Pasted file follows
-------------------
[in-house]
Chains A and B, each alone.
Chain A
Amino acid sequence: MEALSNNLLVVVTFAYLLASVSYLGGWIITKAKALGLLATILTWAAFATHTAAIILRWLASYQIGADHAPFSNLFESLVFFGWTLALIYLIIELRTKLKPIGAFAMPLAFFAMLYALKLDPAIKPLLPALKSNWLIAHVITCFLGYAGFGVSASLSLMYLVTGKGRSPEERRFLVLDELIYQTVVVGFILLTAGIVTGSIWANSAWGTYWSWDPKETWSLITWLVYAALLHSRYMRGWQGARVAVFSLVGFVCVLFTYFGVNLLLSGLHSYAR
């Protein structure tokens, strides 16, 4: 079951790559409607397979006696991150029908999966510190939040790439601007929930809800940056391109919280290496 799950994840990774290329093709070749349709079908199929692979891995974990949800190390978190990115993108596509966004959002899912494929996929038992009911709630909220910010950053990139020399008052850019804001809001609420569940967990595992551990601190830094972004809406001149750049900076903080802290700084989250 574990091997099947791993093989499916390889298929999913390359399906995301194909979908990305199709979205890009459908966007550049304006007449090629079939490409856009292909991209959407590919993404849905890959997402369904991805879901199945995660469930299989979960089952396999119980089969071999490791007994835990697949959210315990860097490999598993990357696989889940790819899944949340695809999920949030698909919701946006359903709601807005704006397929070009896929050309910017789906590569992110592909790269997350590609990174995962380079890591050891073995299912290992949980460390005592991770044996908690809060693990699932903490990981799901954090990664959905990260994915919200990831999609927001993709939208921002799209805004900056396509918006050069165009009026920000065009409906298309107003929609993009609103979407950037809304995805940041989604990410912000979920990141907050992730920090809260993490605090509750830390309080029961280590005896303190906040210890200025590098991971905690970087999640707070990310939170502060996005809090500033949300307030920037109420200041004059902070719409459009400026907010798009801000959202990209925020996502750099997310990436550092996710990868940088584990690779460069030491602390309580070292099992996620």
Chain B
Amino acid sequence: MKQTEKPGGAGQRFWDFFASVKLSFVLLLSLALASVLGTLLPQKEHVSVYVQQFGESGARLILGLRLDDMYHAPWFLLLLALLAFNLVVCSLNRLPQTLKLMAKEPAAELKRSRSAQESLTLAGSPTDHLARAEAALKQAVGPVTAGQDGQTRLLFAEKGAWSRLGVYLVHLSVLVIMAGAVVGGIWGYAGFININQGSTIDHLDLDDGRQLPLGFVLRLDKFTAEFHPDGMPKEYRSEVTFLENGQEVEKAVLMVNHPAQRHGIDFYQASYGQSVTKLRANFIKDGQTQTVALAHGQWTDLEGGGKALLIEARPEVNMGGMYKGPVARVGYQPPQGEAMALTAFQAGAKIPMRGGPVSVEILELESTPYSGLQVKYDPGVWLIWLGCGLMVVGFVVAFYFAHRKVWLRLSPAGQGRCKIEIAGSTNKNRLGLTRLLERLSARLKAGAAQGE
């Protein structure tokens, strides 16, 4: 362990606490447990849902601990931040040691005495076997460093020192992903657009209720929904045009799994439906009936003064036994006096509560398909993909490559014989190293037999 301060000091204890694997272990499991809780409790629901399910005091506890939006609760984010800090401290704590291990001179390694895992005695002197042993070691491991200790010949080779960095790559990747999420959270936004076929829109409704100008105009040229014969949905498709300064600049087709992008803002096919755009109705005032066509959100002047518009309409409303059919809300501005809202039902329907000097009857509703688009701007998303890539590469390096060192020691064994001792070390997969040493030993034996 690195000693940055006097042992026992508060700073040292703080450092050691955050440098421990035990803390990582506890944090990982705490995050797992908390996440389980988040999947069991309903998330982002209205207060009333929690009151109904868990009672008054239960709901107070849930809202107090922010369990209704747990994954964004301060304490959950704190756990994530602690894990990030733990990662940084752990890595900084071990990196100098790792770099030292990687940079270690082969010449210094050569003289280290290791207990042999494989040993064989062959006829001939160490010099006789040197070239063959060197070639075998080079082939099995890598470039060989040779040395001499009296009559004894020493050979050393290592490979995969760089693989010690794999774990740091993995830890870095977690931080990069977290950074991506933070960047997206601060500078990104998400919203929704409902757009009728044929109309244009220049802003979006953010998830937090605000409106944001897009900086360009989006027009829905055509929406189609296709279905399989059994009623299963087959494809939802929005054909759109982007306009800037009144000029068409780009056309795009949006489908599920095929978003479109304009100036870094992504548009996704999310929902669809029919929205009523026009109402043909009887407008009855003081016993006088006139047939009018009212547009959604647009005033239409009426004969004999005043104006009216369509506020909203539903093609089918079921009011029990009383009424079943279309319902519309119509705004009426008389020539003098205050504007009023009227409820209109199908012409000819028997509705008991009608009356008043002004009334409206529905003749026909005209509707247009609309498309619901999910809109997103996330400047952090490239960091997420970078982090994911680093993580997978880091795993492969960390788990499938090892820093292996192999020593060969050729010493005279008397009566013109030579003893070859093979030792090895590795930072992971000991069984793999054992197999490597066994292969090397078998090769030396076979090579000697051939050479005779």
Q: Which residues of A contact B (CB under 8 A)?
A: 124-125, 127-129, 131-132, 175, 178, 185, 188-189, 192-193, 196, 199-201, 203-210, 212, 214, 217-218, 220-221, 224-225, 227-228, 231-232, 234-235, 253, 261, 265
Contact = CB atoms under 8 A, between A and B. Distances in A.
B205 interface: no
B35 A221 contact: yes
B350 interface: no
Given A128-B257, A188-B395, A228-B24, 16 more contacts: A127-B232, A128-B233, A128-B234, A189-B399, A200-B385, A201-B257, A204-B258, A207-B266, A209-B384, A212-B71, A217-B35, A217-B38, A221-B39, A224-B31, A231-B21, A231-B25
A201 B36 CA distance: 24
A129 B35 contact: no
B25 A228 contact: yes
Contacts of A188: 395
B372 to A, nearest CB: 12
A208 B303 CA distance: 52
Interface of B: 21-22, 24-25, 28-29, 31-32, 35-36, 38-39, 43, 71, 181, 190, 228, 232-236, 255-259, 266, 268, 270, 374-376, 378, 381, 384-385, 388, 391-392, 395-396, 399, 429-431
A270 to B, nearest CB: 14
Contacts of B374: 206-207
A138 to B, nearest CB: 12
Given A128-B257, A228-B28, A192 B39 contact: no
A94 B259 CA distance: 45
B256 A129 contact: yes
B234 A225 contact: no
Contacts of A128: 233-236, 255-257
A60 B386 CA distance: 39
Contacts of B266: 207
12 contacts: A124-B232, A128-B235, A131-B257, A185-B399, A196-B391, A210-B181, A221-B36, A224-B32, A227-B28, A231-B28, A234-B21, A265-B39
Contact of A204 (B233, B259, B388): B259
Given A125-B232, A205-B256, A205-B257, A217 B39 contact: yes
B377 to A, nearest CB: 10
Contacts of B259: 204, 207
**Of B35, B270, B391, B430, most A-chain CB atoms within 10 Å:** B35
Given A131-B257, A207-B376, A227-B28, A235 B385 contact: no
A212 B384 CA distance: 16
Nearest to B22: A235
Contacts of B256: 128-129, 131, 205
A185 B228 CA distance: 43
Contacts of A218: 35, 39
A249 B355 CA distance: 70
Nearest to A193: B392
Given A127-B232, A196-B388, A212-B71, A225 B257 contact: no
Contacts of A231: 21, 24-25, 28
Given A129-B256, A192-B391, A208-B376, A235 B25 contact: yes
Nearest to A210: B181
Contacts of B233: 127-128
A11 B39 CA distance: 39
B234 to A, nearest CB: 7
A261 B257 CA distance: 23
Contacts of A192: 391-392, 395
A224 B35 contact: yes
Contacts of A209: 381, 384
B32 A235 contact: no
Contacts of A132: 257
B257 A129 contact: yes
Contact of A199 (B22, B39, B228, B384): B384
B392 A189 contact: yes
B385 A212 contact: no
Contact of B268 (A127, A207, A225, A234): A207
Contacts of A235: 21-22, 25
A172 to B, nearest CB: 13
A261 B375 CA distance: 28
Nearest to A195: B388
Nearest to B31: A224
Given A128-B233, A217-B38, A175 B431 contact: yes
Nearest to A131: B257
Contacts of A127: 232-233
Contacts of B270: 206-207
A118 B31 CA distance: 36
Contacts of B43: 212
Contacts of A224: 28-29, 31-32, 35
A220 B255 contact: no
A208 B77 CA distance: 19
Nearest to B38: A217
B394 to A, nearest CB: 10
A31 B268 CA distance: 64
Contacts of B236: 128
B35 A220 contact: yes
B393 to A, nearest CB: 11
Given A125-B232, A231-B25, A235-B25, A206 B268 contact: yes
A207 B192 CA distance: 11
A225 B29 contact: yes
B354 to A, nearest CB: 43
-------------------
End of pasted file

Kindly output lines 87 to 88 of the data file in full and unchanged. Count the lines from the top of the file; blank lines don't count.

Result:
A225 B29 contact: yes
B354 to A, nearest CB: 43